Then there is all this tiresome propaganda about “State Run Radio” featuring Matt Mahaffrey (produced by The Future), with Lupe complaining about how they play the same songs over and over again. They won’t even remix Lil’ Wayne’s latest, those oppressive totalitarian program directors. Lupe should realize, first of all, that it’s okay not to be played on the radio, because so much of what is on there is utterly useless to anyone who cares about good music. It’s also a rather obvious and really boring revelation that, yes, they keep playing those same songs, considering it’s only been like that since the invention of the medium.

It’s particularly disappointing to this reviewer, because Lupe’s first album, Food & Liquor, was an example of the absolute finest hip-hop has to offer. It was also the perfect mix of accessibility and intricate lyrical wizardry. The follow-up, The Cool, was overly long and dense, but it still offered at least half an album’s worth of some astoundingly good music from one of the most talented MCs in the world.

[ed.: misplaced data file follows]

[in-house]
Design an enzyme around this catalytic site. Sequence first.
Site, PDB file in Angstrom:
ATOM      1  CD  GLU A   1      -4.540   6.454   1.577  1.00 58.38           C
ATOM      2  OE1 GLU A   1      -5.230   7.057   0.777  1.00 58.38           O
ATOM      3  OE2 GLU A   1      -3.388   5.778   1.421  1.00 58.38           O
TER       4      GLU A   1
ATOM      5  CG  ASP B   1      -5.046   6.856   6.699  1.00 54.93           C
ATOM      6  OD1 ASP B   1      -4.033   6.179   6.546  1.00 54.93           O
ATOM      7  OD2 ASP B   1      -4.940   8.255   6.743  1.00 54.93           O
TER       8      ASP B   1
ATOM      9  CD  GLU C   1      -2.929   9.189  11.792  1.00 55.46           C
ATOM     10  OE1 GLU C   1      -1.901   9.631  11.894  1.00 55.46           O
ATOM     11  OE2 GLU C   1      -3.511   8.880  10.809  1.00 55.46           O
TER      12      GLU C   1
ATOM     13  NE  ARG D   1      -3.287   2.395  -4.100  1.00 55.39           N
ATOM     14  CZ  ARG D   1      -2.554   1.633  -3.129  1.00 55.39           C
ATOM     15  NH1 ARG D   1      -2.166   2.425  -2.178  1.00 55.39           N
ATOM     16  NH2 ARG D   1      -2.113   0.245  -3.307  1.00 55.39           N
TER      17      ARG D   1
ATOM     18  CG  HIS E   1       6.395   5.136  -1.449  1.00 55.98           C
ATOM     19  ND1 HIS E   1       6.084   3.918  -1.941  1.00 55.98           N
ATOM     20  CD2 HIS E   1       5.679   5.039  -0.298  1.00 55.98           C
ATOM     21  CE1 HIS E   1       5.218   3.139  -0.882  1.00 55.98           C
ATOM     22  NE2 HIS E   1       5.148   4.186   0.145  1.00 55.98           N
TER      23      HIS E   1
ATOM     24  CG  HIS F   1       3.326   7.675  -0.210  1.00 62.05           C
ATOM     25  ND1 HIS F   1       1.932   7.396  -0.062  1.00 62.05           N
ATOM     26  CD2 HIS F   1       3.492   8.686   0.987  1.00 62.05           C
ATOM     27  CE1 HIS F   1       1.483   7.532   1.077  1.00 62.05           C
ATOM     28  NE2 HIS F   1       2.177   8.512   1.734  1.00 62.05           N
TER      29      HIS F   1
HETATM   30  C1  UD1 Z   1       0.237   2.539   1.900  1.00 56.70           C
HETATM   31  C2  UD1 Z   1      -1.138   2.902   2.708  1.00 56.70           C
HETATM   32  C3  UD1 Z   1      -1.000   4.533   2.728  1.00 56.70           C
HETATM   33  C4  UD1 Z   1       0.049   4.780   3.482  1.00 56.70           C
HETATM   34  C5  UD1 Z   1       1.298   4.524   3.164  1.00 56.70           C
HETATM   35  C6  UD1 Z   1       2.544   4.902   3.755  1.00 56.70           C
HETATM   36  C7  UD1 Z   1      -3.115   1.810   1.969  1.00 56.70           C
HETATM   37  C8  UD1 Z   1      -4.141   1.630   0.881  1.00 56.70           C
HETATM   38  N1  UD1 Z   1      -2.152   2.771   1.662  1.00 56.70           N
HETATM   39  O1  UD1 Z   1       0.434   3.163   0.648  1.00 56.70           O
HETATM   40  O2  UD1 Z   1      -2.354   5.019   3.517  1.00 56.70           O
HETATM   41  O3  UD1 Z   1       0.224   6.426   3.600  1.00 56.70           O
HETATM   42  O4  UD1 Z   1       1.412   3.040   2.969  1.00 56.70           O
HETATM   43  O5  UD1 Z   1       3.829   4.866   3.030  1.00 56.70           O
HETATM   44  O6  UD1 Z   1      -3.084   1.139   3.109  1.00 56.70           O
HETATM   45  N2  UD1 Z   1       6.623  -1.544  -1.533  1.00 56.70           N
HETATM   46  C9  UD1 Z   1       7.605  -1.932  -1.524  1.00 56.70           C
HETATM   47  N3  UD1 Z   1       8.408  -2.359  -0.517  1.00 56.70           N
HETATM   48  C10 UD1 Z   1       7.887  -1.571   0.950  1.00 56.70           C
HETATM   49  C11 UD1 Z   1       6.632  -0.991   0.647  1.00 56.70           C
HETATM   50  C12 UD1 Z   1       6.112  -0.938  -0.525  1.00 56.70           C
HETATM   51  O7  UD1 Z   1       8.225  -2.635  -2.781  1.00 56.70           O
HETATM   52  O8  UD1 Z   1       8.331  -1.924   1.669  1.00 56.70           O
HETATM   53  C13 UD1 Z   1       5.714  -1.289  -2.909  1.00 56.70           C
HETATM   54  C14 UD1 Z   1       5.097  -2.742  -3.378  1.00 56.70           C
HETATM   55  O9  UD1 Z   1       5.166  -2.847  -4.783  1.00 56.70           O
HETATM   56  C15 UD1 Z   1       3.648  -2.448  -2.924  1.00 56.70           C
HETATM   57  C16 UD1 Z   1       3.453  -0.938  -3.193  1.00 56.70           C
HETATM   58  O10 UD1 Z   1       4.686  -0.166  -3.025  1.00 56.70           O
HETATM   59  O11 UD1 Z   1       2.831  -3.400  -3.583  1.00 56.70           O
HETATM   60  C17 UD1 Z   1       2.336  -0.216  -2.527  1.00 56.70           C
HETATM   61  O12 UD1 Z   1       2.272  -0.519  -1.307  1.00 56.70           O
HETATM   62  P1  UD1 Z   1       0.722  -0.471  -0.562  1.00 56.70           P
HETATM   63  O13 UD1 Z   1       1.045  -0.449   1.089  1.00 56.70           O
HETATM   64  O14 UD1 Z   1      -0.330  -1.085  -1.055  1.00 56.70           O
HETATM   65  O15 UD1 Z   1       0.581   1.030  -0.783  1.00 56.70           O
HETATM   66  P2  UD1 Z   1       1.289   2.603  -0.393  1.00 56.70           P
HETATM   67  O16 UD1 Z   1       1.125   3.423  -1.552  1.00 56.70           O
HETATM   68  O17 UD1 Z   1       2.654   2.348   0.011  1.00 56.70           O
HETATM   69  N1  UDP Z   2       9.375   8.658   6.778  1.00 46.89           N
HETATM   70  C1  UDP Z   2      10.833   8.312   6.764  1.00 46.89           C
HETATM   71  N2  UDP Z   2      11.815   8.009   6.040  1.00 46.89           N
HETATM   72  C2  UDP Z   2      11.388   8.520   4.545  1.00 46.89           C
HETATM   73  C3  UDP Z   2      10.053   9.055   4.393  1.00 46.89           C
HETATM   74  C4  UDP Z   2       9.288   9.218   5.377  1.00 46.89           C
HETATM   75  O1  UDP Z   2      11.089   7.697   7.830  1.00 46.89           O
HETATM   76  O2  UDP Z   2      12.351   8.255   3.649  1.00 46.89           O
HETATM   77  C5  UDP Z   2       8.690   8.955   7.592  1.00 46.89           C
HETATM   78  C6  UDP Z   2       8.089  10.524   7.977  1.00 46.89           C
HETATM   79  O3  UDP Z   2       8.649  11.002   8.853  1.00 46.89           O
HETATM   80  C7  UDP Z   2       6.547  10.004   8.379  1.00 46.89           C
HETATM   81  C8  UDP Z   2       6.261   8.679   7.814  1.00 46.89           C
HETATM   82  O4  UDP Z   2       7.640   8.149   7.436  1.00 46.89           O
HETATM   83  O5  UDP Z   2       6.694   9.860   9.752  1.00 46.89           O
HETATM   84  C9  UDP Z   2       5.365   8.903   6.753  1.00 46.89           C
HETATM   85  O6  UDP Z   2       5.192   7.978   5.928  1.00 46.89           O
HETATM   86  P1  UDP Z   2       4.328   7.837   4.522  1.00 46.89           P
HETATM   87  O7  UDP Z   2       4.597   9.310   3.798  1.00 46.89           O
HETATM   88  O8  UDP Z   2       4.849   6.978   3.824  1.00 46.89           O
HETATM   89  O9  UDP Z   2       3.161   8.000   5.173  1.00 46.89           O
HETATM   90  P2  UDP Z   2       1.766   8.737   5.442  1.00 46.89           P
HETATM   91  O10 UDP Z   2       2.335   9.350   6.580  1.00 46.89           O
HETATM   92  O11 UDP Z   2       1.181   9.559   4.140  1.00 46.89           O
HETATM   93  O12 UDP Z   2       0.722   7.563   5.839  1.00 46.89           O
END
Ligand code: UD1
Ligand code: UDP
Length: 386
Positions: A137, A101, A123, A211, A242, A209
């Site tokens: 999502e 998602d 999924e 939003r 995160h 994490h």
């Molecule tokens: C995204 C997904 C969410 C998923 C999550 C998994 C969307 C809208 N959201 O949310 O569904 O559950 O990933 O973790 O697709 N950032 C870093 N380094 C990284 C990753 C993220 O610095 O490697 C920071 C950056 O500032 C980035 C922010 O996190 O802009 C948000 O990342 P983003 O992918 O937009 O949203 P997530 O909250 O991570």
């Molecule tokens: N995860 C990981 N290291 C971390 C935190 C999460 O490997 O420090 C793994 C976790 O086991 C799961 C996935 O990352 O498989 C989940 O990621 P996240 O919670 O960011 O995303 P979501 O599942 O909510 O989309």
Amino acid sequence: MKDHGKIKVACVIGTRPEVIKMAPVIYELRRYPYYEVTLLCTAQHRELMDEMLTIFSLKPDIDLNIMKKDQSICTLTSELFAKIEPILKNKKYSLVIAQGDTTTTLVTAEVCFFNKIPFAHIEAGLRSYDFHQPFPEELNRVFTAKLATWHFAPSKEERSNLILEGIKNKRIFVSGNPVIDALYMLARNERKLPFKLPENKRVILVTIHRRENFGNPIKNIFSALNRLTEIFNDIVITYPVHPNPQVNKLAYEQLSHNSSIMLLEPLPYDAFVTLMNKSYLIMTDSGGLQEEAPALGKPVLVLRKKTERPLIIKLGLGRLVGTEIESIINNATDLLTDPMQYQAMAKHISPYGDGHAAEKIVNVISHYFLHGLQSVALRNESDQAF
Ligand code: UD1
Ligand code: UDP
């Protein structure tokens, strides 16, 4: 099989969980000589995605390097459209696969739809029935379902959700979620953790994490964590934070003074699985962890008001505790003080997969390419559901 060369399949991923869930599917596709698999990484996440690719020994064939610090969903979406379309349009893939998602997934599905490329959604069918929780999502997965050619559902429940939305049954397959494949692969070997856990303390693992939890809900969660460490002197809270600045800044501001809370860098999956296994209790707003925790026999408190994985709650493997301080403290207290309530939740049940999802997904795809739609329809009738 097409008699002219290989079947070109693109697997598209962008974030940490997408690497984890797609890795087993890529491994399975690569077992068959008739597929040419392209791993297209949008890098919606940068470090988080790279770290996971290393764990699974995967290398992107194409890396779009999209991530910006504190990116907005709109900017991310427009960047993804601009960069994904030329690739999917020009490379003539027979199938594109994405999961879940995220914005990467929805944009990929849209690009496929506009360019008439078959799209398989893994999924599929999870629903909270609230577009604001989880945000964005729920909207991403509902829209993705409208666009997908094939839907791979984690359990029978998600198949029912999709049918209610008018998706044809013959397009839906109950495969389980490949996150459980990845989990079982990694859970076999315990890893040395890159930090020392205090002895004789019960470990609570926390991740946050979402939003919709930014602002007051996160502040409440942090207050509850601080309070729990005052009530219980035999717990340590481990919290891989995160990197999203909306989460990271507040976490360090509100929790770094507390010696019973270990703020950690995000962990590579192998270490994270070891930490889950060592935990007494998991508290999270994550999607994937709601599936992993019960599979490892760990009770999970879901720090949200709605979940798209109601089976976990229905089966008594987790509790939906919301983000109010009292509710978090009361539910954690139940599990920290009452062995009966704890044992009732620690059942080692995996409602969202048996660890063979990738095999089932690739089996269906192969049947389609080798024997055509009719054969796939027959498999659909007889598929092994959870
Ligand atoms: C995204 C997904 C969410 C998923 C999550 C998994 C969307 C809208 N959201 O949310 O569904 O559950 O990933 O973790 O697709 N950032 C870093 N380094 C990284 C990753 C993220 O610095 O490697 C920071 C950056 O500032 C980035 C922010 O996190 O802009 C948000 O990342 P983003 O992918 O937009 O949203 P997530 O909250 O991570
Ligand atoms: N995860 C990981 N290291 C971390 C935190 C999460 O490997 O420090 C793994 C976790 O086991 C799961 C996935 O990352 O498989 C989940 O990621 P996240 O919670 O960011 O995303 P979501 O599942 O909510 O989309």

There just is nothing that good here, though there are flashes of the high-level lyricism we’ve heard in the past. “All Black Everything” (produced by Wizzo Buchanan) is an imaginative speculative fantasy about a world in which racial differences don’t exist. “Complexion’s not a contest/cause racism has no context…Somalia’s a great place to relax in/Fred Astaire was the first to do a back spin/The Rat Pack was a cool group of black men/That inspired five white guys called the Jacksons.”